“I said, ‘Hank, you can’t let this happen,’” he said. “And he said he would lease it to me if I could come up with $25,000.”
Instead, the 22-year-old raised $180,000 and bought the building, turning it into the Newport Music Hall.
The first show he booked as PromoWest was Neil Young, who played a sold-out show at the Newport on Sept. 9, 1984.
It didn’t take long for PromoWest to grow. Stienecker built his brand by creating popular clubs including Polaris Amphitheater, The Basement and the A&R Music Bar, while selling out shows at Ohio Stadium and buying the Bunbury Music Festival in 2015.
“It took a while and there were growing pains,” he said. “We started as a one-man show of a little independent, and grew into almost 60 full-time employees and 750 shows a year.”
Perhaps Stienecker’s biggest contribution was building the first-of-its-kind indoor/outdoor venue LC Pavilion in 2001. (It’s now Express Live.)
Stienecker said that site flipped the model of a music venue on its head. Soon, people across the country began to call, asking him to take his concept to other cities. He turned them all down until a developer in Pittsburgh called. The two created Stage AE, the second indoor/outdoor music venue in the nation.
“We figured it out,” he said. “It was like a light bulb went off.”
Express Live up close and backstage
Scott Stienecker’s Express Live indoor/outdoor stage changed the way concerts could be promoted and shown. Other venues immediately began to copy PromoWest’s formula after the site opened in 2001.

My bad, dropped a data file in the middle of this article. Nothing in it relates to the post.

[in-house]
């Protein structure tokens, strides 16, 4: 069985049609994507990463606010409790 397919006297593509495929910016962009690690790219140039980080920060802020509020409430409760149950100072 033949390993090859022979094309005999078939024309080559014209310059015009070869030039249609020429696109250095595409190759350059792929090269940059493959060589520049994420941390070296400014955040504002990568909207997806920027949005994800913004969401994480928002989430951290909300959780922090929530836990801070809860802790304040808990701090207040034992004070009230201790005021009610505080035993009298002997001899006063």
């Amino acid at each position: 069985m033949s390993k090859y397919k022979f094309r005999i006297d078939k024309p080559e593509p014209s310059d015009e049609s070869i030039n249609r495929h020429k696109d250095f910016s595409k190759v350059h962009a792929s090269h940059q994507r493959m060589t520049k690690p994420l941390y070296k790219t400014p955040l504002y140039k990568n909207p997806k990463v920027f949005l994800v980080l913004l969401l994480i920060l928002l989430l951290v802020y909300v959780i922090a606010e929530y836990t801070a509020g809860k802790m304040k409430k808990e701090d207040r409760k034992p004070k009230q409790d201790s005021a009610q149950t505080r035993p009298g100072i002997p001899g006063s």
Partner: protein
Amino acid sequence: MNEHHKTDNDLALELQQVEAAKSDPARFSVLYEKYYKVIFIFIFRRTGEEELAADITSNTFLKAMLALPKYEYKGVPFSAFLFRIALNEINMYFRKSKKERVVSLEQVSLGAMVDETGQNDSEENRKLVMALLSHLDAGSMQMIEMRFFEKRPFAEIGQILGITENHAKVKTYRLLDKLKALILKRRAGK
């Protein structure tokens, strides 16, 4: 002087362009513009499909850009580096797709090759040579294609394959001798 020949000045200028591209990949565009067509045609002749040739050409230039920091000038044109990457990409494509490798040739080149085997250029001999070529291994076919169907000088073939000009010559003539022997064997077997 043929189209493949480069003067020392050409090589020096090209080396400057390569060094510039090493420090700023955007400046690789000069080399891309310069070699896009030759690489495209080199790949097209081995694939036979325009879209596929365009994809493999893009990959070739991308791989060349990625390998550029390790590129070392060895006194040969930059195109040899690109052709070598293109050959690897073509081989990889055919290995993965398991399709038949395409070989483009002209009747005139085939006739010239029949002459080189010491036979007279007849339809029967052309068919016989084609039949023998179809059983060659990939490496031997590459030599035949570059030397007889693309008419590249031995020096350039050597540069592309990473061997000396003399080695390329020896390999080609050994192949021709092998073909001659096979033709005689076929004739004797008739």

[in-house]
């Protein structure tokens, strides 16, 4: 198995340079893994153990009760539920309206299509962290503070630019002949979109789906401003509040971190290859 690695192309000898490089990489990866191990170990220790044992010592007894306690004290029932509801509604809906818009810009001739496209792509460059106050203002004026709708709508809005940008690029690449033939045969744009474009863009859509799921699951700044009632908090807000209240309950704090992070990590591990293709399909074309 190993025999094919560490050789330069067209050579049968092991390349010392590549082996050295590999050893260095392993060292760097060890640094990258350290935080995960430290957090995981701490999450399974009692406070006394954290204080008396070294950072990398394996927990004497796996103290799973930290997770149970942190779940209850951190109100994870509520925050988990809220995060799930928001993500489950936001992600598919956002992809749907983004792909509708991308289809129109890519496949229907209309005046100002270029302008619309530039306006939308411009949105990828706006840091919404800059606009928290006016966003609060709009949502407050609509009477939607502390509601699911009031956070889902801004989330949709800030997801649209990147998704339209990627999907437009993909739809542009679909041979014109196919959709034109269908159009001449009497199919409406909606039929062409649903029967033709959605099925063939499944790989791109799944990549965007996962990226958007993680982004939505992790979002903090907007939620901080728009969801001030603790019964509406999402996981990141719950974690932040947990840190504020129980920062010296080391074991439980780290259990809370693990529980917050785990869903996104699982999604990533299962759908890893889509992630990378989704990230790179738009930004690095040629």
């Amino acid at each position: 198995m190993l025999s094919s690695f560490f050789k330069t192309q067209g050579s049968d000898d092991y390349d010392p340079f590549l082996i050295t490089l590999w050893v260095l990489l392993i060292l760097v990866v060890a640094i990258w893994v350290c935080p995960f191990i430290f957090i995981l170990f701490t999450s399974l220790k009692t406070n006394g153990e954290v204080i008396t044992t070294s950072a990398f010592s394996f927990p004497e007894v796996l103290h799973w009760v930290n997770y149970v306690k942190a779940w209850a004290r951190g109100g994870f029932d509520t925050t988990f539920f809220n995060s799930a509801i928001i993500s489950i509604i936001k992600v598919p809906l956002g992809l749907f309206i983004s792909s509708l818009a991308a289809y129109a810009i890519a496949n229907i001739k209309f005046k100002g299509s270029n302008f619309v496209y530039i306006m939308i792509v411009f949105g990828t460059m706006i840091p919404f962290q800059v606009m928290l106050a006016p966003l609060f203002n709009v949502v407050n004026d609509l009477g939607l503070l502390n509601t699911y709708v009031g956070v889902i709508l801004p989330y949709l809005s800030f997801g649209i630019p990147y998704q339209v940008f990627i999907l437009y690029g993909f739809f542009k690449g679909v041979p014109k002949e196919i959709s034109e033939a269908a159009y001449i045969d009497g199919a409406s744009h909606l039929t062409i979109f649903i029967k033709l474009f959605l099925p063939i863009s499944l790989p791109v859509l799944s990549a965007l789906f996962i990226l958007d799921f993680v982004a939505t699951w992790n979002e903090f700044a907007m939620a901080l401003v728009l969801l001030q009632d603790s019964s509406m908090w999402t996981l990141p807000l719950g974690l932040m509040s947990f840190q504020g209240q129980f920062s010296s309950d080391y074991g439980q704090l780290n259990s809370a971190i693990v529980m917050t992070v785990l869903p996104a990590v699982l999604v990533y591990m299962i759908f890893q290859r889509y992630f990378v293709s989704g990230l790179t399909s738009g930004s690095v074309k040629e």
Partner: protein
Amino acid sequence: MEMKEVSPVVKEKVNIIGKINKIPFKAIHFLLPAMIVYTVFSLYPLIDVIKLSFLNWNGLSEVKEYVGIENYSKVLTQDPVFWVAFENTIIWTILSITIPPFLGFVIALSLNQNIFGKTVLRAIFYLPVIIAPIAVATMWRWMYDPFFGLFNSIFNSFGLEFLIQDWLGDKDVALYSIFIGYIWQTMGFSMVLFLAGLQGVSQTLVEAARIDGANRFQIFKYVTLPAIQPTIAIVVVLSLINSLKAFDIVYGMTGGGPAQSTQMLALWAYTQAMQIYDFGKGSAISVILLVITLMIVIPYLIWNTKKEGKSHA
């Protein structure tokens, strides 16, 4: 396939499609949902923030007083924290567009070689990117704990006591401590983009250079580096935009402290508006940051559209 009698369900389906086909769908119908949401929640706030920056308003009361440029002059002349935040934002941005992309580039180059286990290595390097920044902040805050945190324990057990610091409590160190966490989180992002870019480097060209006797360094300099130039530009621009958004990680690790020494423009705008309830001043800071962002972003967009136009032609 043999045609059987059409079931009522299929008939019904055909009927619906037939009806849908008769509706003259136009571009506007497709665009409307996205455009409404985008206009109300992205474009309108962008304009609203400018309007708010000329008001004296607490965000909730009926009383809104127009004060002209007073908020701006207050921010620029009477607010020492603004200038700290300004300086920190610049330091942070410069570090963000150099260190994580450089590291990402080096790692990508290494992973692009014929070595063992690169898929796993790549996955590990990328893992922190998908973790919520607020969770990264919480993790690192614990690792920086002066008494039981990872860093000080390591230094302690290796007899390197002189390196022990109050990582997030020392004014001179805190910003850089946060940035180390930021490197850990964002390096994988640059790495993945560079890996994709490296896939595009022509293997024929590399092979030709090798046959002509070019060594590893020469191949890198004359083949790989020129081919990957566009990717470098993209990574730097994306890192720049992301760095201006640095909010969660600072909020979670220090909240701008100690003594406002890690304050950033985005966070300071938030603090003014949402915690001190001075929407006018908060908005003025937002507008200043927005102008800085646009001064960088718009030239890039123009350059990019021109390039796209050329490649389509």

Randy Malloy, general manager of local alt-rock radio station 102.5, said Stienecker is an innovator.
“Scott is someone that has really really taken concert promoting to the next level,” Malloy said. “He takes the risks on bands that aren’t there yet, who haven’t made a big, and once they do, they come back.
“They remember Columbus because of him.”
Malloy said a good example is the band Jungle, which had trouble selling 60 tickets to a show in Chicago in 2014.The next stop on the band’s tour was Columbus.
Stienecker threw everything he had at promoting the show.
When the Jungle played the Newport, 800 people were there to see them.The band, which has toured the world, returned to Columbus in 2018 for another show at the Newport.
In many ways, the evolution of the music business has been hard for Stienecker to accept.
“What I loved … the most was the old days, when rock and roll was just rock and roll,” he said. “I miss when it was raw and real and there were local promoters in every market.
“Now, it’s very corporate.”
Live Nation was founded in 1996, grew quickly and started taking bites out of smaller markets. The publicly traded company had $10.8 billion in revenue last year.
AEG Presents was founded five years later and also began to move into smaller, independent markets.
“Once Live Nation came, the whole industry changed,” Stienecker said. “People are more focused on the bottom line than they are developing the acts.”
It takes time and a local interest to do that. Stienecker created spaces where small and local artists could play, moving up to bigger venues as they grew. That’s what worked for Twenty One Pilots and O.A.R., he said.
“They can move up from The Basement, to A&R, to the Newport and then to Express Live,” he said.
“We take the acts and develop them from the ground up.”